"Anytime you're trying to build a program, you've got to have guys that can fight through a little adversity, that are not only physically tough but mentally tough," Hazell said. "You've got to recruit toughness to your program."
Toughness is not the only thing Hazell wants to add to the team. Competition is another aspect Hazell wants to create.
"You want to get guys in here right away that can compete," Hazell said. "We're going to have to make some decisions during camp next year to see who can win football games."
Hazell adds that although the team is going to struggle in the spring, they will be ready in the fall. He believes creating competition with the new recruits will improve the players' performance.
"These guys have changed and they know what they have to do," Hazell said. "But they're going to get a run from the guys that we've signed. That's what we want."
According to Hazell, adding starters at tackle is competition in itself.
"There's a definite deficiency at the offensive tackle position," Hazell said. "It'll be interesting this spring to see how we manipulate and manage it. But these guys will have the chance on day one to compete for a spot."
Along with the starters at tackle, Hazell discussed what he likes about the linebackers.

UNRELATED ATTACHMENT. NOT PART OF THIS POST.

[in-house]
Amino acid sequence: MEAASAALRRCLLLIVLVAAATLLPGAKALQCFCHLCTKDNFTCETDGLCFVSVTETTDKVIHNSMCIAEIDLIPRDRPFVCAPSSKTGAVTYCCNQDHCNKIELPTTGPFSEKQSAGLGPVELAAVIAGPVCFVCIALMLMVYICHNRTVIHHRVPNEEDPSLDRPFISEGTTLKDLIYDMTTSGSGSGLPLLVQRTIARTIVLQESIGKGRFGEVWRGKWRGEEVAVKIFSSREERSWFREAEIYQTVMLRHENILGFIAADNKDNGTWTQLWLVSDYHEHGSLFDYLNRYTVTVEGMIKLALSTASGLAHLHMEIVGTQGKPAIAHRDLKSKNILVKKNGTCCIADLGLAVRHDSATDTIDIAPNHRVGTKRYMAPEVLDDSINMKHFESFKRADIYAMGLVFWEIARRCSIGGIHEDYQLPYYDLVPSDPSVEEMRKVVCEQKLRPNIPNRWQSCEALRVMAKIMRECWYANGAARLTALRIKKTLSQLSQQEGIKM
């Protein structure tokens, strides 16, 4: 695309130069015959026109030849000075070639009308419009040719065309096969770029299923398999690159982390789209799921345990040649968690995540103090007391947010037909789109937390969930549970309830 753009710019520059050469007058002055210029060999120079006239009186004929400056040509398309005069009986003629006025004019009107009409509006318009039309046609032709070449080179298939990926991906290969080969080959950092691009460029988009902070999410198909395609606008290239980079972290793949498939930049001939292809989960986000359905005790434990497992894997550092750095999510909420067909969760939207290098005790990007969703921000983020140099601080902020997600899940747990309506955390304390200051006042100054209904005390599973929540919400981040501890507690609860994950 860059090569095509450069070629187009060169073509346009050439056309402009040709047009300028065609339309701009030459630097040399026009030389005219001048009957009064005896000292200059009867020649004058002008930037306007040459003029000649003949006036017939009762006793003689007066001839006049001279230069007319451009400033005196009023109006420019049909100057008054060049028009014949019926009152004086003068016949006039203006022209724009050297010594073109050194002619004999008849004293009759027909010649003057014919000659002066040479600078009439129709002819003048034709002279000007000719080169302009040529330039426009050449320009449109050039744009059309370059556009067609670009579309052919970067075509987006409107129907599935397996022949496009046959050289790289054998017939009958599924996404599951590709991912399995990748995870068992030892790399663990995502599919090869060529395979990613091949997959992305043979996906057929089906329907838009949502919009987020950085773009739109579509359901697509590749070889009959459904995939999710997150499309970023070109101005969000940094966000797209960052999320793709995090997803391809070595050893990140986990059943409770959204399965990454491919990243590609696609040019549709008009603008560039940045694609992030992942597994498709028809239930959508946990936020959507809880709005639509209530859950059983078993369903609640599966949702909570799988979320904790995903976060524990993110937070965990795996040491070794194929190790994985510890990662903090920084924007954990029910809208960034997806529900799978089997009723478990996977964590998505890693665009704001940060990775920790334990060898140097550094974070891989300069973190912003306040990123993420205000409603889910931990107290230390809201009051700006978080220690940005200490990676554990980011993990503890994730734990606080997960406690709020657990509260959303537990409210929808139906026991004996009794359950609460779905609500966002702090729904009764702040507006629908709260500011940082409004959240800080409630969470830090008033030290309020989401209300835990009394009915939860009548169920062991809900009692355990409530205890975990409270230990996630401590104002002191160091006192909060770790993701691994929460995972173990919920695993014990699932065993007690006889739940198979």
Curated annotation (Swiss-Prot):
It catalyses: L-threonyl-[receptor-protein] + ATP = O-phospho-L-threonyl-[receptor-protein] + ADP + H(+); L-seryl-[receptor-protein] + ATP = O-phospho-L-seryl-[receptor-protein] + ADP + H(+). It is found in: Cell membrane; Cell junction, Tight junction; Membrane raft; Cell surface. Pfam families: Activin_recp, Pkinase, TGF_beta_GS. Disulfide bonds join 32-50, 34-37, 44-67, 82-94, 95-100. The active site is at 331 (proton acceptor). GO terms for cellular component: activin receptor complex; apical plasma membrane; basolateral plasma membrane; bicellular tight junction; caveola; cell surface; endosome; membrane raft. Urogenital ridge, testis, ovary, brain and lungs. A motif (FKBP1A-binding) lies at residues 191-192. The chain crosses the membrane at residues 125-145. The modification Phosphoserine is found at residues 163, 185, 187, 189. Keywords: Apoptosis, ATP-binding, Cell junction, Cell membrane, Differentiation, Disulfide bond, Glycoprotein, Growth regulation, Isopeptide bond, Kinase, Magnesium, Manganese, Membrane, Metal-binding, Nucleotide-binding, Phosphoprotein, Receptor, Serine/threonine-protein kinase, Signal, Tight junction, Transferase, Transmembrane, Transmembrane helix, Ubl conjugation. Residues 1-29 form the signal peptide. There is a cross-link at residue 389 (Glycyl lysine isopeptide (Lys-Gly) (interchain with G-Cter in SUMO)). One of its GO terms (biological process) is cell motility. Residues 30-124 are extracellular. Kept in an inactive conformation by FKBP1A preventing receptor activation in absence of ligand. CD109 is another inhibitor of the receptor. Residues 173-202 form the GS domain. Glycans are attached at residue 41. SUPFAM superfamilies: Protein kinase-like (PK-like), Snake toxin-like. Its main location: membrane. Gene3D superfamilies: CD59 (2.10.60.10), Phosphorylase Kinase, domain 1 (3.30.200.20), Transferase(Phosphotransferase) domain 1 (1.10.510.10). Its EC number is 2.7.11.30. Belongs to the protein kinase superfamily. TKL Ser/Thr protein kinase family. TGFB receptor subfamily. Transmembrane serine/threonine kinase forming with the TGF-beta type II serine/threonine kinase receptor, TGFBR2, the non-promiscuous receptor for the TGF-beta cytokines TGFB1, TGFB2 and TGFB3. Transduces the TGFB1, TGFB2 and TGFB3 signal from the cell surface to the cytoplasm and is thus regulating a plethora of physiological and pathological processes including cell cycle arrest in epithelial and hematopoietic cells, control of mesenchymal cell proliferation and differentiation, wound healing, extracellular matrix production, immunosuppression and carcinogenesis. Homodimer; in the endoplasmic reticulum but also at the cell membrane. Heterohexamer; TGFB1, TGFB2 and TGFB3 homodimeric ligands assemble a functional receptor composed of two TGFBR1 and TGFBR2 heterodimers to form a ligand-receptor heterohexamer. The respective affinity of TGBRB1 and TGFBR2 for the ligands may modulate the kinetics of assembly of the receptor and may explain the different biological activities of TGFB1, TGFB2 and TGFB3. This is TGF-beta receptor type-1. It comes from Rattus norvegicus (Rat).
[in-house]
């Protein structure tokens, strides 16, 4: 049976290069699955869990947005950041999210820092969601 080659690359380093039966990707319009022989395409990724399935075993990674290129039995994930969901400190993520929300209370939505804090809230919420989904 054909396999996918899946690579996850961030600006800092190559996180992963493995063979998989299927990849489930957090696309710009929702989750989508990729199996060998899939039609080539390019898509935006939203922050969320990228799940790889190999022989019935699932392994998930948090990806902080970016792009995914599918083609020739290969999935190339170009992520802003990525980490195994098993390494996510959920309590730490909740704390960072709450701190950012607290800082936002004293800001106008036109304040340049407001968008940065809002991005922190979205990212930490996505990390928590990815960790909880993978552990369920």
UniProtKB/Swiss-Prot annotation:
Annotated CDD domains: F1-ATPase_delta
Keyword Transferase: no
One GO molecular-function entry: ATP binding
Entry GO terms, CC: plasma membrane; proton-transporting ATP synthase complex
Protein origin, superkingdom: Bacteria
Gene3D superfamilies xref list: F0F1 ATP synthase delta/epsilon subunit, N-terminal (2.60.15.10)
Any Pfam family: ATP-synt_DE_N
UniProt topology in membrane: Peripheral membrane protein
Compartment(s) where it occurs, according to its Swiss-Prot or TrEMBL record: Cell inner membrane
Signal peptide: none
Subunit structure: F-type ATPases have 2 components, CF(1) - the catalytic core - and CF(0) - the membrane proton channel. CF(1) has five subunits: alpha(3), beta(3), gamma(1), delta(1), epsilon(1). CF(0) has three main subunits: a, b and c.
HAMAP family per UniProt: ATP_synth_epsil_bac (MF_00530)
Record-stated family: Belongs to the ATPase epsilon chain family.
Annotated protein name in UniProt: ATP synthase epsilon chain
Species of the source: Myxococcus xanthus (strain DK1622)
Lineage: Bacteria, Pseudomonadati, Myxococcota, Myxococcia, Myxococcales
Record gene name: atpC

"You flip the film on for the fourth or fifth time and it keeps getting better and better and better, " Hazell said.
Punter Austin McGehee is another advantage the recruiting class brought in. He'll likely serve as a jack of all trades for the Boilermakers, working in all three phases of special teams. One of the most important additions to the Purdue program, McGehee will be an immediate contributor.
"Bringing [McGehee] in here is going to be a big asset for us," Hazell said. "He's definitely working on all three phases."
Most importantly for a Purdue team that lost the battle in the trenches far too often, the 2014 recruiting class also brings in size. Hazell states that size is significant to the team.
"That's one of the emphases that we had," he said, "was to become Big Ten big."